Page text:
Step 3: Remember a few simple rules:

• If the wind speed doubles, triples, etc., your wind correction angle (WCA) will be approximately double, triple, etc. respectively. This works for wind speeds up to 50% of true airspeed (TAS).
• If the wind speed decreases in half, a third, etc., your correction angle (WCA) will be approximately half, one third, etc. respectively.
• If your aircraft's true airspeed (TAS) doubles, triples, etc. the wind correction will be approximately half, one third, etc. respectively of what it was.
• if your aircraft's true airspeed (TAS) is halved, is one third, etc., the wind correction will be approximately double, triple, etc. respectively of what it was.

The reason we used 10 knots for wind speed (WS) when we calculated WCAmax is that it is an easy number to work with later when we have other wind speeds. For example if the wind speed is 20 knots we know easily that 20 knots is two times more than 10 knots, therefore the wind correction angle will be double.

Step 4: The correction factor is based on the acute wind angle (AWA). This is one of the two angles, whichever one is 90o or less, formed by the wind direction and the CRS line. Memorize the correction factors for the WCA when the wind is from directions other than 90o in relation to our course (AWA not equal to 90o). The following table lists these correction factors. Remember that you are just getting a really rough number so that you can estimate your initial WCA (crab angle) when intercepting or tracking a course.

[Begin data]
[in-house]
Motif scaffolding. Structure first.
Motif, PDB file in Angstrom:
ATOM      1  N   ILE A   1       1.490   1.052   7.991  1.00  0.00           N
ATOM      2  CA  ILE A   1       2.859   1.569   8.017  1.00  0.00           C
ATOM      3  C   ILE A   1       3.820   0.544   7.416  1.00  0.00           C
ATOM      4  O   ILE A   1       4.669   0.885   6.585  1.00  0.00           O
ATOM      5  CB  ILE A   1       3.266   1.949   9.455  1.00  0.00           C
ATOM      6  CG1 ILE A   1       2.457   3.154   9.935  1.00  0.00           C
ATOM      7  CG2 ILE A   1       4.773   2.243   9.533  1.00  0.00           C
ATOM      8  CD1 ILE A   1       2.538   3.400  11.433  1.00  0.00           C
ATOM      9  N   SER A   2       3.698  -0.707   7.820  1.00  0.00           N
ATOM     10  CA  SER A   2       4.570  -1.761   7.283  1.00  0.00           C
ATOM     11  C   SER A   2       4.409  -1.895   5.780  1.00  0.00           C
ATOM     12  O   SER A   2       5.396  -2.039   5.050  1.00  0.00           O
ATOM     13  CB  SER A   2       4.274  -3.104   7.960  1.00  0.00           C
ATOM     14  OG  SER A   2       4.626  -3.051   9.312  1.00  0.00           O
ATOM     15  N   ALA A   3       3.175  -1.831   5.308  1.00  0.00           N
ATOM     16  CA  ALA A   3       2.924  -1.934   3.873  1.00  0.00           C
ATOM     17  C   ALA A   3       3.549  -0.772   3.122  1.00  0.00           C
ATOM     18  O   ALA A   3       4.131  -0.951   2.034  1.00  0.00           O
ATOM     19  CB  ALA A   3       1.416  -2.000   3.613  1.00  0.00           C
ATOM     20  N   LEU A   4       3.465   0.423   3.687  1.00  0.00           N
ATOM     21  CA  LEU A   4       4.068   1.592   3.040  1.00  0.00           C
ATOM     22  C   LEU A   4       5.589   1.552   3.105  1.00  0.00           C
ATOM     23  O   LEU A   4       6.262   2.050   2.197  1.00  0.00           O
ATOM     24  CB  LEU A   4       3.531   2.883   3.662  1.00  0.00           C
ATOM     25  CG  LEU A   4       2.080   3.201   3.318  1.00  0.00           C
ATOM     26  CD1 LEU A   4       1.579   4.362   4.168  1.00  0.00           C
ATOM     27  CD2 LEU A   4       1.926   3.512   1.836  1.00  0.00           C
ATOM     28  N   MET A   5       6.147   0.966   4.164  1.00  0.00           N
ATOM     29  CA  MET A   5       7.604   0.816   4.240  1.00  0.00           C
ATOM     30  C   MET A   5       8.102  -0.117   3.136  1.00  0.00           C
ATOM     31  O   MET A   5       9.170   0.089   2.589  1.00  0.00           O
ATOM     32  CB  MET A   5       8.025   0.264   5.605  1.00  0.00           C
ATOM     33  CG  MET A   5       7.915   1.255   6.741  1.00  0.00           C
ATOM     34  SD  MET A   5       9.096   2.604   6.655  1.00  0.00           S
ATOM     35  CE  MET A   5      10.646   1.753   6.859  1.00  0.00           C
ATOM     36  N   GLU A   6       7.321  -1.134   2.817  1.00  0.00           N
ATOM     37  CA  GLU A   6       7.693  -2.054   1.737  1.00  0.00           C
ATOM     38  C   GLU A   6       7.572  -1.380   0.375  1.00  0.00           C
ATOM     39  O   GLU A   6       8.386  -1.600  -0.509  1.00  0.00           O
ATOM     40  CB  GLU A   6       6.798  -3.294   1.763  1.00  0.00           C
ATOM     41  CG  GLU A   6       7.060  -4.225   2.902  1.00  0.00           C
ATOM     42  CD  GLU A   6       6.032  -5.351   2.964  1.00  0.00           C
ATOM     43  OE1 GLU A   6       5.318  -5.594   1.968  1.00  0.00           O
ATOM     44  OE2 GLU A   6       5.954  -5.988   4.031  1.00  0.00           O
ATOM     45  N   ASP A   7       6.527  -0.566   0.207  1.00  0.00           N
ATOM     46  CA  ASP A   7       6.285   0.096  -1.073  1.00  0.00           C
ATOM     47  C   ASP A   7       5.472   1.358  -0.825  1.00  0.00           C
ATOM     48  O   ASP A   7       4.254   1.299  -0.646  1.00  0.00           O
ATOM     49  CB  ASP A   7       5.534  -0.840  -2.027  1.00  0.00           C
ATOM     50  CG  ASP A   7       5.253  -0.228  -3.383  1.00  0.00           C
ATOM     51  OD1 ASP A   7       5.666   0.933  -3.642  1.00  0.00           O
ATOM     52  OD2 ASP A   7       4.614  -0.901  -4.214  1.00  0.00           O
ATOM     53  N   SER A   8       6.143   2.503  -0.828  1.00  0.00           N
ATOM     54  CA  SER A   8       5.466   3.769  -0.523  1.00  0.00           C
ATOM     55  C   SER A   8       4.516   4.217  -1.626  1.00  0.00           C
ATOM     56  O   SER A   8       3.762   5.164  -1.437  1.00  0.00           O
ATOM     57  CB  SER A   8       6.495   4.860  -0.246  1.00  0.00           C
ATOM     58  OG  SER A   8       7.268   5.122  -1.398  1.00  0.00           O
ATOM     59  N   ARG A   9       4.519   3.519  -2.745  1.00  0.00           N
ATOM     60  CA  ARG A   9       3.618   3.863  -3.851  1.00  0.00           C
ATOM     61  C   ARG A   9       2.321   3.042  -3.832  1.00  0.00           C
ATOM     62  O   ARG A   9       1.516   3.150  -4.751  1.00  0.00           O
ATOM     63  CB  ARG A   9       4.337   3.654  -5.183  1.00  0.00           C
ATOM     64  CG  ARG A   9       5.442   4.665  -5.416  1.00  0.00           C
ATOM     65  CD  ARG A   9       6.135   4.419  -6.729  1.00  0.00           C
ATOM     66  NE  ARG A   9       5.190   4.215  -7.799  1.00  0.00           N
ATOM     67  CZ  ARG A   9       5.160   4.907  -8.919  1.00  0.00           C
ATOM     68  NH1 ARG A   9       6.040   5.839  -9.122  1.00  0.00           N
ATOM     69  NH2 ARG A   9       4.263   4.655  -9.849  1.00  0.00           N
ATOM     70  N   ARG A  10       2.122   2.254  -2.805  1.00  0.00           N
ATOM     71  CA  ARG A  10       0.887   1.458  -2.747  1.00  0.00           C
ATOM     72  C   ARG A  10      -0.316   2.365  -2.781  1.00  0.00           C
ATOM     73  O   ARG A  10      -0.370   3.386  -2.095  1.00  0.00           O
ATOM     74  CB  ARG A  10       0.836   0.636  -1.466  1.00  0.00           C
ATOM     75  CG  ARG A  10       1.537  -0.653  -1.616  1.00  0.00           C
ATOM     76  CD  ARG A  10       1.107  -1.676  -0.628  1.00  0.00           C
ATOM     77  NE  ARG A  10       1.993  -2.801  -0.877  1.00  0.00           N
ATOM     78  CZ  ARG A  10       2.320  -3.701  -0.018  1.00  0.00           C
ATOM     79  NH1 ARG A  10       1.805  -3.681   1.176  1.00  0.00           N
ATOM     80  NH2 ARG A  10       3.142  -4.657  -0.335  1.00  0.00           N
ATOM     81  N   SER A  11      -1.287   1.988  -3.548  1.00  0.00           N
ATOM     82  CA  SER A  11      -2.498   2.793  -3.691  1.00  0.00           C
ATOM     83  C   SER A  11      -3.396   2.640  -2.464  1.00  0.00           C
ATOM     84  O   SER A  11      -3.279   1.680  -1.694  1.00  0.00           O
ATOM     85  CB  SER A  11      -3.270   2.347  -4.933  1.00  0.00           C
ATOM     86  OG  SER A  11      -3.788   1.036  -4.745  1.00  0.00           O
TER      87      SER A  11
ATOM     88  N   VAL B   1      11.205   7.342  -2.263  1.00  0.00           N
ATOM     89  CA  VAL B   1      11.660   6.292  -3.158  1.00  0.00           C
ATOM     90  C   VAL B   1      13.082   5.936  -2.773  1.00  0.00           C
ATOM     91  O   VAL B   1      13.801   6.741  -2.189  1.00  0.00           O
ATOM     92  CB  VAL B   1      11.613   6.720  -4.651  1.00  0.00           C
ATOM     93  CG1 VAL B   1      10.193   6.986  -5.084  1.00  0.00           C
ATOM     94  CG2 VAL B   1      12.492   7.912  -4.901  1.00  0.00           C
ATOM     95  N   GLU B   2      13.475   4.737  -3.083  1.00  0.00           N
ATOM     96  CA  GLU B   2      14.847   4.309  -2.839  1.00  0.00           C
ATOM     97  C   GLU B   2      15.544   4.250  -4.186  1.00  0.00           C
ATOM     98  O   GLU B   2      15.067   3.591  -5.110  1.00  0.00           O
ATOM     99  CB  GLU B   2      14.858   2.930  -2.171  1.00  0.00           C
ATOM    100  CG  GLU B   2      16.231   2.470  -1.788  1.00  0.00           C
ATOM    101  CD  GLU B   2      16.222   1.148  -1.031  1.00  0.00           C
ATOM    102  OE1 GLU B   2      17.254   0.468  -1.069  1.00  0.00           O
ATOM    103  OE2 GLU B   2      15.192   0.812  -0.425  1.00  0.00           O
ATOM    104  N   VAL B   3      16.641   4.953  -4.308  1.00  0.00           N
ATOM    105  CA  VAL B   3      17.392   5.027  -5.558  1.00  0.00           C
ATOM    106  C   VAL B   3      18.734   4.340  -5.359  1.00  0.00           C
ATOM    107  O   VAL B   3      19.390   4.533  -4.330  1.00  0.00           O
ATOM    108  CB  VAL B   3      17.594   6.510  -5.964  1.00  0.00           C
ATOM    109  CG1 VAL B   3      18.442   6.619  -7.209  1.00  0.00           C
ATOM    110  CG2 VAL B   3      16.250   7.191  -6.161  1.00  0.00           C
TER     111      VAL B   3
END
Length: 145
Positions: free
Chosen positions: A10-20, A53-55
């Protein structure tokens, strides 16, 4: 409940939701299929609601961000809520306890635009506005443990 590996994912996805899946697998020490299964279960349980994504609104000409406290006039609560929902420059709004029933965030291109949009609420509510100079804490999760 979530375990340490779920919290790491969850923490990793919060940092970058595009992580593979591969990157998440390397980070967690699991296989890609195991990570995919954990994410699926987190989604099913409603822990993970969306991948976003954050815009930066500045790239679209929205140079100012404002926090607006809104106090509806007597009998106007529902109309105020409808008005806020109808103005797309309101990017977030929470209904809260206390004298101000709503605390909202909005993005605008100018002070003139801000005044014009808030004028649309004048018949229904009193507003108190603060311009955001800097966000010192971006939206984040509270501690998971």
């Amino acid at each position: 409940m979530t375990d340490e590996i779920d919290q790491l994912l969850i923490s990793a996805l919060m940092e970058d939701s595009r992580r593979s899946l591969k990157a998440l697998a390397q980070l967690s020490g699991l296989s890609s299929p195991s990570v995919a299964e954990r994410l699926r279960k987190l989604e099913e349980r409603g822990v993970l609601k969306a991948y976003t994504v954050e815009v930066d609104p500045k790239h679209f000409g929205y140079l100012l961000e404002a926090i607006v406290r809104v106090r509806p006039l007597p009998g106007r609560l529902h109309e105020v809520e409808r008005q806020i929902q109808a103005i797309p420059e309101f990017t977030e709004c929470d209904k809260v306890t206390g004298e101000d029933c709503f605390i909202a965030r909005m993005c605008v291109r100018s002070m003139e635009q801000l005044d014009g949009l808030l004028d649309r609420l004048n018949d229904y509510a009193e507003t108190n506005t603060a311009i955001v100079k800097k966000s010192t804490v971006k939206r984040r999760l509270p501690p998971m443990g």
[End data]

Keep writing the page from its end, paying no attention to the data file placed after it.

AWA Correction Factor (CFAWA) 0o 0 15o 1/4 or 0.25 20o 1/3 or 0.33 30o 1/2 or 0.5 40o 2/3 or 0.67 50o 3/4 or 0.75 60o 1 90o 1
or
 AWA Correction Factor (CFAWA) 0o 0 30o 1/2 or 0.5 50o 3/4 or 0.75 60o 1 90o 1

(a)   (b)

Fig 2    Correction factors for maximum wind correction angle

There are two tables above, the first one (left) is more complete and more precise. We will use the less precise table on the right for our examples. You will see that even with this more simplified table we will get a pretty good estimate.

To figure out your wind correction angle (WCA) just multiply the maximum wind correction angle by the appropriate factor. If wind speed is the same** as the one used to calculate WCAmax***, we have: ** Later in the text we will also discuss how to adjust when the wind speed is other than the 10 knots we used for our WCAmax. We will be applying the rules in step 3. I'll also show you how to visualize the AWA using your aircraft instruments. *** Note: the dot (.) in the formula above means multiply.